Jerome Thiesson had been in Minnesota a little less than two days when he first set foot on the turf at TCF Bank Stadium in a Minnesota United kit. Of the 10 players he took the pitch with that day in snow and freezing temperatures, only three would be regular starters by the end of the season. After a short preseason that saw the team doing its best to push the chemistry between players who had only recently met, the starting lineup was in constant flux throughout the season from a mixture of injuries, international call-ups and an ever-changing understanding of what players could bring.
But through it all, Thiesson stayed on the pitch. He wasn’t with the team when they got rolled 5-1 by the Portland Timbers in the season opener, but he started every match from then on. He played a team-leading 2,955 minutes — more than 100 more minutes than the squad’s stalwart goalkeeper Bobby Shuttleworth.
It’s hardly news to acknowledge that side backs are underappreciated. Strikers and attacking mids get the spotlight. Holding mids funnel all the action on the pitch. Center backs rarely get the attention, but they do block their fair share of shots and occasionally get an opportunity for a header. Goalkeepers are just crazy. But side backs are often tasked with shutting down the guy behind the guy — the winger looking to cross the ball — or being the guy behind the guy — overlapping for a cross or to overload the wing and get their own winger a chance to cross.
And so you want your left and right backs to be fast, incisive and tireless, but you also want them to be reliable, flexible, smart and willing to embrace a role that hinges on dirty work and provides precious little glamour.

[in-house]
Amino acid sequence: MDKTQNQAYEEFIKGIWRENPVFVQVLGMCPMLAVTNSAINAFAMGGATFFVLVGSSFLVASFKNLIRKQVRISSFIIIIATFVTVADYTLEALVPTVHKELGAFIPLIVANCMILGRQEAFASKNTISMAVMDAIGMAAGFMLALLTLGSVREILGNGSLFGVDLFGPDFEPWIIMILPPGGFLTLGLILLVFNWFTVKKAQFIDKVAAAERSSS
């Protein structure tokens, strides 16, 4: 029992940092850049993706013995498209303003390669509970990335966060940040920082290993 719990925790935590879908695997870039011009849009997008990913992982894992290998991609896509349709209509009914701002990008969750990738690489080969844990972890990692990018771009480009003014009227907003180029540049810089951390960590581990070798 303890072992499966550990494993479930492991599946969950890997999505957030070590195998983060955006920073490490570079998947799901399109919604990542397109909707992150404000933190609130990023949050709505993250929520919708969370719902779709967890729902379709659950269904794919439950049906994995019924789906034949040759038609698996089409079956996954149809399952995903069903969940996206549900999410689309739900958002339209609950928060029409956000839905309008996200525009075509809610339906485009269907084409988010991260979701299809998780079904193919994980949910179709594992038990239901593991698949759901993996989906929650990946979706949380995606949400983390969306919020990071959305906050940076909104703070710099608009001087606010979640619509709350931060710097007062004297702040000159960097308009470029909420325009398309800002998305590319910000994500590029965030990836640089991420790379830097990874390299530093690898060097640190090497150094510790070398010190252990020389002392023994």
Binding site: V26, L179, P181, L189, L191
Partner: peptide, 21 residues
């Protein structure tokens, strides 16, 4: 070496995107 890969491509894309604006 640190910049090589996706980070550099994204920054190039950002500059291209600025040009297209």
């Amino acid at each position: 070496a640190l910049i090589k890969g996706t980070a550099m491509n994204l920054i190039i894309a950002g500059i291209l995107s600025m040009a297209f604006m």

On the pitch, Thiesson delivered. He notched three assists — including assisting on the Abu Danladi goal that earned the Loons their first road win against the Chicago Fire and the Kevin Molino match-winner in Atlanta. He also put up two goals of his own and one memorable goal celebration:
Whatever came along this season — on the pitch or off — he was up for it all, including sharing some of his deepest thoughts with fans in the popular “Jerry Thoughts” video series:
A team needs leaders. It needs stars, it needs depth. But it also needs personality. It needs heart. When people talk about “glue guys,” about the guys who keep it fun and make the team engaging, they’re talking about players like Thiesson. He might not lead the team in goals or assists, but don’t be surprised if by the end of 2018 he’s yet again leading the team in minutes, as well as selfies with fans. For a team that's still defining itself, that stuff matters. A team needs leaders, but it also needs ambassadors.